Bronze Remains a Popular Choice with a Fine History; Good Looks, Workability and a Patina of Age Mean This Alloy Is Still Gaining Admirers after 5,000 Years
Byline: Ryan Beach
THE metal bronze has been known to mankind since around 3000 BC, when the art of bronze founding was developed in Mesopotamia and Egypt. In Crete, archaeologists have unearthed small statuettes, busts and utensils for domestic purposes, often embellished with other precious metals, which date from around 2000 BC.
The Chinese have been making bronze figures and using the material itself since the 15th century BC and the Japanese since the 3rd century AD. The Chinese and Japanese had been fashioning both domestic utensils and purely decorative items for centuries prior to their discovery in the Western world in the 19th Century.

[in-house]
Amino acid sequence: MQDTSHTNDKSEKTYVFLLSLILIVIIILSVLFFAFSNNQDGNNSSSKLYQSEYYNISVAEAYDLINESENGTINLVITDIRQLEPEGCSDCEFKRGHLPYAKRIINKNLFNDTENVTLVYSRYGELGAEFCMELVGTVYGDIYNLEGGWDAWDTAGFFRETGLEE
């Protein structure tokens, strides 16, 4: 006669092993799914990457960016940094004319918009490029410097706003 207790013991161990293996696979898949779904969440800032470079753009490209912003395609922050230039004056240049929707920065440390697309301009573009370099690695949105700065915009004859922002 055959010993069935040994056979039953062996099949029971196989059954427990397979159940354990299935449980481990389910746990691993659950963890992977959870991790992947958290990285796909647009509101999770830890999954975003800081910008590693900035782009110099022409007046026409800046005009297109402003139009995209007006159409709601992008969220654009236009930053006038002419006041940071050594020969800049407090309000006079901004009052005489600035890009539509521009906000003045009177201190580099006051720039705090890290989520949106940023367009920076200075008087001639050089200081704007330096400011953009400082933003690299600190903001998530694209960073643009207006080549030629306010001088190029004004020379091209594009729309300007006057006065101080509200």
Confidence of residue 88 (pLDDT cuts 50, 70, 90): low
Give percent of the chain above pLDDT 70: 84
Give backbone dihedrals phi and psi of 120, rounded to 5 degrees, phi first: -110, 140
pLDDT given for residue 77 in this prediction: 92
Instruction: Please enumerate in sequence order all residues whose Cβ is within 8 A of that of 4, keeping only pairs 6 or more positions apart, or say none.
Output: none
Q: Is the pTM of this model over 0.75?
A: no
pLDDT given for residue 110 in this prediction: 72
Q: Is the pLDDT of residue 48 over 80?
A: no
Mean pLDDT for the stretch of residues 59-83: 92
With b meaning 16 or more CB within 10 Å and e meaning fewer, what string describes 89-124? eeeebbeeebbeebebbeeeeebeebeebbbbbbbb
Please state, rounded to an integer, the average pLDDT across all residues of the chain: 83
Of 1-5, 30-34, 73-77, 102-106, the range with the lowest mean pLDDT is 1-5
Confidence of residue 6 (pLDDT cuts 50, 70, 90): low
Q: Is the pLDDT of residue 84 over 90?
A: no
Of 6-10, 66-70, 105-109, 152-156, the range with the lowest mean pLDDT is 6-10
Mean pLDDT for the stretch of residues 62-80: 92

In Europe we do not really see extensive use of bronze until the late 17th and 18th Centuries. Furniture makers such as Andre Charles Boulle started to incorporate it in his designs, other makers started using it as a medium for handles, locks and mouldings on furniture and in the 19th Century we see the sculptures and artists come into their own, with animalia images, bronze statues and bronzes mixed with other materials such as ivory, gold and silver.
Bronze is an alloy of copper and tin, it is a desirable medium to artists and craftsmen mainly due to the fact that it has a low melting point of 1083 degrees Centigrade, it is suitable for casting, is particularly hard and when fresh from the foundry has a brilliance and sheen not dissimilar to gold.
The alloy percentage of copper and tin varies greatly with regard to its uses.
Over the centuries bronze been used for the production of coins, bells, machine parts, gears, and bearings as well as employed as a decorative medium. …